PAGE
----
Source Gatestone Institute

NEW YORK, U.S.--China obsesses over what the world thinks of it. Its rise to rival the US as the world's greatest economic superpower includes a strong psychological element. China seeks not to be feared, but as having peaceful intentions. 

Looking at its use of "united front" tactics reveals how China's messaging seeks to convince gullible people in the West that Chinese interests are really their interests, too. 
This is one example where Chinese communism borrows "Russian characteristics," using the old Soviet tactic of "united front" groups that wittingly or not do their bidding.

Within the Chinese Communist Party (CCP) is the United Front Work Department (UFWD), a bureaucracy that oversees the CCP's foreign-influence network. 
In recent years, concern has grown about UFWD's efforts to influence how Western democracies view China. A report from the Australian Strategic Policy Institute warned UFWD and other affiliated organizations have worked among the elites of many countries to influence foreign opinions of China.

According to the report, these networks operate covertly or deceptively. The effort "undermines social cohesion, exacerbates racial tension, influences politics, harms media integrity, facilitates espionage, and increases unsupervised technology transfer" outside China's borders.

Newsweek did an extensive report that linked 600 groups operating in the US to the CCP. These groups "range from businesses, universities and think tanks, social and cultural groups, Chinese diaspora organizations, Chinese-language media and WeChat, the Chinese social media and messaging app," according to John Garnaut, an Australian political analyst and expert on global CPC interference.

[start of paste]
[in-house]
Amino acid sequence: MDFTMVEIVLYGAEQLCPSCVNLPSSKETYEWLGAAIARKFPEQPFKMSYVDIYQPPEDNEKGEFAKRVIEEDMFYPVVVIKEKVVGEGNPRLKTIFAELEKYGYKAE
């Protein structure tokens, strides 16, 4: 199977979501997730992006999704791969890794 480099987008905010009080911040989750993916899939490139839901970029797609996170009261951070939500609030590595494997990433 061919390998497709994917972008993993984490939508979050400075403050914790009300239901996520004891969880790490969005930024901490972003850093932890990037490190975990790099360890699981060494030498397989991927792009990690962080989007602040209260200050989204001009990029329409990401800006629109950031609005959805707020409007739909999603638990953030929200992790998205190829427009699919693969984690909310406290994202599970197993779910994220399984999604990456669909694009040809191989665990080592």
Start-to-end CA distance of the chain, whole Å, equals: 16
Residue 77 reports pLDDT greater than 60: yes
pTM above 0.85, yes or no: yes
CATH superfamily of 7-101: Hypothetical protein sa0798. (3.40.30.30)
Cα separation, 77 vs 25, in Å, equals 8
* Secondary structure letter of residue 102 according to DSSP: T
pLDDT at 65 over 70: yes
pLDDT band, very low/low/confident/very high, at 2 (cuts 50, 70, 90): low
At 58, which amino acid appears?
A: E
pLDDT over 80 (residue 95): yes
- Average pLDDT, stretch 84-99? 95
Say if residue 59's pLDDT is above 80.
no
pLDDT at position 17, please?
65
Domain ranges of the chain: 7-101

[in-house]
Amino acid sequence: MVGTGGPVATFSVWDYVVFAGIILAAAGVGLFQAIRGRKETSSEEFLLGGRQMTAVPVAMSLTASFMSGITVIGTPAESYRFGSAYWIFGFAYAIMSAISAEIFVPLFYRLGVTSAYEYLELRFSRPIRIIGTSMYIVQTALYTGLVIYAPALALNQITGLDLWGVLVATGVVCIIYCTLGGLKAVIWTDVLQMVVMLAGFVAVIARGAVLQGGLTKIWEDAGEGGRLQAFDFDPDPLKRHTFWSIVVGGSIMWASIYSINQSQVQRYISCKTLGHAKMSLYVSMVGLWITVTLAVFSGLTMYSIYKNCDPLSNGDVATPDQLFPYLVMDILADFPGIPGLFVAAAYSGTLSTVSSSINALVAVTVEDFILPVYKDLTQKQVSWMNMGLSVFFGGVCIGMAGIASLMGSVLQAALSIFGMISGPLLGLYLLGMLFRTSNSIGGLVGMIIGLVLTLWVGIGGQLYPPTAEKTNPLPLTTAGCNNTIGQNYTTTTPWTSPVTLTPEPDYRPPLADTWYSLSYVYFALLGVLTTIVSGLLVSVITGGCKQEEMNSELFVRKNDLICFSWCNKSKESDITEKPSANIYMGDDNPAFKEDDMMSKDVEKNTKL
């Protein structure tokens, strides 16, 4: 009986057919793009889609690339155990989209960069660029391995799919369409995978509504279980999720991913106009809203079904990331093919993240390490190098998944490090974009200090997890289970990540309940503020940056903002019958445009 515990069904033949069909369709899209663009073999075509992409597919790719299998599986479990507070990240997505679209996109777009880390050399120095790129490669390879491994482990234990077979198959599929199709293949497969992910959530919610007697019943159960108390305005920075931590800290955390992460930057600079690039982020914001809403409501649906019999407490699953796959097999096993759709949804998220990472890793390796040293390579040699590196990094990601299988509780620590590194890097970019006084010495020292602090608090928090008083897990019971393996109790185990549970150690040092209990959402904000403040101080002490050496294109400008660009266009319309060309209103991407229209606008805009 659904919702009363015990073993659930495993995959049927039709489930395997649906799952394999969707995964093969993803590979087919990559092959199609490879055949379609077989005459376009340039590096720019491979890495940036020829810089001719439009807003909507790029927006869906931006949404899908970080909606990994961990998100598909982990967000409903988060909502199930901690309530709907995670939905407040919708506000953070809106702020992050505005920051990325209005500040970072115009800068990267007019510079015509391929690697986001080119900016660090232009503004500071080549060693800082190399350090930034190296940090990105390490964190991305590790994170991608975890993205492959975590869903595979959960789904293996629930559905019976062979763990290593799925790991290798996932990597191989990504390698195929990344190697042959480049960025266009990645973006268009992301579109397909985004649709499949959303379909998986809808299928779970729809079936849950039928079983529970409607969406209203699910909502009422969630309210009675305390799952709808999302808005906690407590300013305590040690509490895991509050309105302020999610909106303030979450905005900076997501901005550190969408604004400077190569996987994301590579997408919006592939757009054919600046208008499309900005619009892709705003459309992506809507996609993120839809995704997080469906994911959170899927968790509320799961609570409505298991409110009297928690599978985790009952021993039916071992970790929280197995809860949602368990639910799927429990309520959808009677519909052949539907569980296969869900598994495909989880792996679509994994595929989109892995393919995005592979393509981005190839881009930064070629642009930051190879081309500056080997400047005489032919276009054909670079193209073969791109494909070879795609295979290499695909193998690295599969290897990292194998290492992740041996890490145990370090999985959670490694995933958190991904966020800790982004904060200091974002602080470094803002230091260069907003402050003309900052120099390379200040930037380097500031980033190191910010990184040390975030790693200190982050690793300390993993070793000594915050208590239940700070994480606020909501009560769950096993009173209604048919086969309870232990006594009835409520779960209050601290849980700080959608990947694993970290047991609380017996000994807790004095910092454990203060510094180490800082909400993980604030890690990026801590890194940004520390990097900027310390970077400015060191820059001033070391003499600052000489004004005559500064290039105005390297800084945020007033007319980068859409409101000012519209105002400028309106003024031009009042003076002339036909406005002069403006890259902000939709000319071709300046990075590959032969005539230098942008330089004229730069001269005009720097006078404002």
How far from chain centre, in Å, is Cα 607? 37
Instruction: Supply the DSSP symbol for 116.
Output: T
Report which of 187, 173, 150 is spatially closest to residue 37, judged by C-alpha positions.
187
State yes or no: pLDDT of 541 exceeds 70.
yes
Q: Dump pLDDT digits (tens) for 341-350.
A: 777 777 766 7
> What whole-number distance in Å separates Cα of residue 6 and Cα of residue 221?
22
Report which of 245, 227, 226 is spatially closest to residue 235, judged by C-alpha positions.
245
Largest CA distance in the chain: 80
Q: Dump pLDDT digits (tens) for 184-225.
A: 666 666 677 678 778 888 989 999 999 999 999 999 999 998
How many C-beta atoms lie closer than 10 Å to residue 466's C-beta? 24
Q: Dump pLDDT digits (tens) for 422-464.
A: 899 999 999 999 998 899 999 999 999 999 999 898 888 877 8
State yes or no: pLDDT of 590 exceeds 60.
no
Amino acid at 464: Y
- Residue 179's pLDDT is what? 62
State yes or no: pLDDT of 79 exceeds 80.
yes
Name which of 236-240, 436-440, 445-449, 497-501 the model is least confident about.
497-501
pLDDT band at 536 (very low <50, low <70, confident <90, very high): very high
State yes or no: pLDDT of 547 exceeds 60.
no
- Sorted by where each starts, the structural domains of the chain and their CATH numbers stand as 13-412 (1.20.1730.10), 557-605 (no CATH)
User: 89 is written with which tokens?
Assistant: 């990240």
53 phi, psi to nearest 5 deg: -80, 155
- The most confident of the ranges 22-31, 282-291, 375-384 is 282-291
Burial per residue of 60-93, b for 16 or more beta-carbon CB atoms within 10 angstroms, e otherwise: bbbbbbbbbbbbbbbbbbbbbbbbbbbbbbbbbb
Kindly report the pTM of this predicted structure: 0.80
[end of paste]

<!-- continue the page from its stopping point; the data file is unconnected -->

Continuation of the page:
These groups all regularly communicate with the CCP. They organize social and business meetings, obtain information of various kinds, and build the economic and political ties within the US that can be leveraged for Beijing's advantage.

In my investigative reporting I have seen this pattern play out at the highest levels. Hunter Biden's extensive dealings with business entities linked to the CCP and the People's Liberation Army, as well as Chinese banks and Chinese industry all make perfect sense when viewed through the lens of China's strategy to ingratiate itself with the highest levels of American politics, commerce, academia, and culture.

First, they ingratiate. Then, they co-opt.

For one brief example, in 2017 Hunter Biden rented office space in Washington, D.C. Asking for signage for the office, Hunter said his new office mates would include Joe, Jill, and James Biden, and Gongwen Dong, a Chinese national who was an emissary for CEFC, a Chinese energy giant, and the CFO of a China-based real estate investment firm called Radiance Property Holdings. This firm is run by Lam Ting Keung, a businessman with deep connections to "united front" groups linked to Chinese intelligence.

Last year, in an eye-opening and frank discussion at the Hudson Institute, Christopher Wray, director of the FBI, spoke more openly than ever about Chinese intelligence efforts inside the US, including activities by united front organizations. 
"We've reached a point when the FBI opens a new case related to Chinese intelligence every 10 hours." Wray stressed that he meant the Chinese government and the CCP specifically. But it is through groups linked to the UFWD that China identifies and pursues many of its intelligence targets.

As one example, Wray described a program called "Foxhunt" created by Chinese leader Xi Jinping. Foxhunt is China's way "to target Chinese nationals whom Xi sees as threats and who live outside of China across the world... political rivals, dissidents, and critics seeking to expose China's extensive human rights violations."